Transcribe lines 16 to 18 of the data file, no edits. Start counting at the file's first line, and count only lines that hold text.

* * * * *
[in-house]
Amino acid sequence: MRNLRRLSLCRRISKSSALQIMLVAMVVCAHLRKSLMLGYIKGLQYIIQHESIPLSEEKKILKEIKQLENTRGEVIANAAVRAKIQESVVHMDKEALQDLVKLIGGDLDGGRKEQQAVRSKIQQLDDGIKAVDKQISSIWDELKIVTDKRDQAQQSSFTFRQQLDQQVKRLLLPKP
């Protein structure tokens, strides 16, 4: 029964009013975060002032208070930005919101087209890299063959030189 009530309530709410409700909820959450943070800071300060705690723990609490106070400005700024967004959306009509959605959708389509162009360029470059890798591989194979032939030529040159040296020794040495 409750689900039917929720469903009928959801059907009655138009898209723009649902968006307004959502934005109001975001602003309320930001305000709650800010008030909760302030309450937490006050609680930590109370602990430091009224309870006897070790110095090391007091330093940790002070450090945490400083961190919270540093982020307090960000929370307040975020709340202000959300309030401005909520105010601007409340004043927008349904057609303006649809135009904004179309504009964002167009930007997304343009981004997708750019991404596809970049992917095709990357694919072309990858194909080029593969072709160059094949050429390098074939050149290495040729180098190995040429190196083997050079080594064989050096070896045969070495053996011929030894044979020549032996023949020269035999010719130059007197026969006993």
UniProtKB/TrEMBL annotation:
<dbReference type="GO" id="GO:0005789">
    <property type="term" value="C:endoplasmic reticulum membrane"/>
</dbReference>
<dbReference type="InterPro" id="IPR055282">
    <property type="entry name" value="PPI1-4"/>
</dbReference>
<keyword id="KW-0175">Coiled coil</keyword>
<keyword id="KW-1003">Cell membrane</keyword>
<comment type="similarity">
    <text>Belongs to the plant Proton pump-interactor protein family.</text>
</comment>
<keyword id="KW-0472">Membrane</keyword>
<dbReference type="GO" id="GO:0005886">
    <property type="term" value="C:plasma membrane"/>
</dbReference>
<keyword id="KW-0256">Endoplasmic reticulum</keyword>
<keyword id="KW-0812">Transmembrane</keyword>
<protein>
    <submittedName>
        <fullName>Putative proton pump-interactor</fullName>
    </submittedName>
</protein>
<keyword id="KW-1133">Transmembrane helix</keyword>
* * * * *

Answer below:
<keyword id="KW-0472">Membrane</keyword>
<dbReference type="GO" id="GO:0005886">
    <property type="term" value="C:plasma membrane"/>